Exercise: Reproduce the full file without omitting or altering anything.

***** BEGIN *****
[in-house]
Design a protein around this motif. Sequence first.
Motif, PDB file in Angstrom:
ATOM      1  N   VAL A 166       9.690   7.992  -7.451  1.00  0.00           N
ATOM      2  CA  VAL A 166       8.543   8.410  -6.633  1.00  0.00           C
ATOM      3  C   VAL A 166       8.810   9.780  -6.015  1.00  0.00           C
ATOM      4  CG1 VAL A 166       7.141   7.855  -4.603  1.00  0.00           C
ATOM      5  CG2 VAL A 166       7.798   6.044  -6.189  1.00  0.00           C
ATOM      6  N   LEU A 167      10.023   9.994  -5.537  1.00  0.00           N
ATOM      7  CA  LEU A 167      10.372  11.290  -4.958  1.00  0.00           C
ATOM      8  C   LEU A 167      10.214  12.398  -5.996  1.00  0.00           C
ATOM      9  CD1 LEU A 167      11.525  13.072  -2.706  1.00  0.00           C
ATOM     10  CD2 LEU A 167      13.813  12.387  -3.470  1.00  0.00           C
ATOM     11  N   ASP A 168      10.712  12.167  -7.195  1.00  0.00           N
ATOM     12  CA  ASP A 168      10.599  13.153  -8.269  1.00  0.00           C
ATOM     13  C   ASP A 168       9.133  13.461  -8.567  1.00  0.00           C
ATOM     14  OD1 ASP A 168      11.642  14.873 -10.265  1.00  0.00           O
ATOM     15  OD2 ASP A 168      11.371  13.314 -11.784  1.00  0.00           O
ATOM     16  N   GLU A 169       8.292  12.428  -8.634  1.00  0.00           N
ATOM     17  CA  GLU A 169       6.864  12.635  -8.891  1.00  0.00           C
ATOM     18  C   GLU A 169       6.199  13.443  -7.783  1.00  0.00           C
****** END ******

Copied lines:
[in-house]
Design a protein around this motif. Sequence first.
Motif, PDB file in Angstrom:
ATOM      1  N   VAL A 166       9.690   7.992  -7.451  1.00  0.00           N
ATOM      2  CA  VAL A 166       8.543   8.410  -6.633  1.00  0.00           C
ATOM      3  C   VAL A 166       8.810   9.780  -6.015  1.00  0.00           C
ATOM      4  CG1 VAL A 166       7.141   7.855  -4.603  1.00  0.00           C
ATOM      5  CG2 VAL A 166       7.798   6.044  -6.189  1.00  0.00           C
ATOM      6  N   LEU A 167      10.023   9.994  -5.537  1.00  0.00           N
ATOM      7  CA  LEU A 167      10.372  11.290  -4.958  1.00  0.00           C
ATOM      8  C   LEU A 167      10.214  12.398  -5.996  1.00  0.00           C
ATOM      9  CD1 LEU A 167      11.525  13.072  -2.706  1.00  0.00           C
ATOM     10  CD2 LEU A 167      13.813  12.387  -3.470  1.00  0.00           C
ATOM     11  N   ASP A 168      10.712  12.167  -7.195  1.00  0.00           N
ATOM     12  CA  ASP A 168      10.599  13.153  -8.269  1.00  0.00           C
ATOM     13  C   ASP A 168       9.133  13.461  -8.567  1.00  0.00           C
ATOM     14  OD1 ASP A 168      11.642  14.873 -10.265  1.00  0.00           O
ATOM     15  OD2 ASP A 168      11.371  13.314 -11.784  1.00  0.00           O
ATOM     16  N   GLU A 169       8.292  12.428  -8.634  1.00  0.00           N
ATOM     17  CA  GLU A 169       6.864  12.635  -8.891  1.00  0.00           C
ATOM     18  C   GLU A 169       6.199  13.443  -7.783  1.00  0.00           C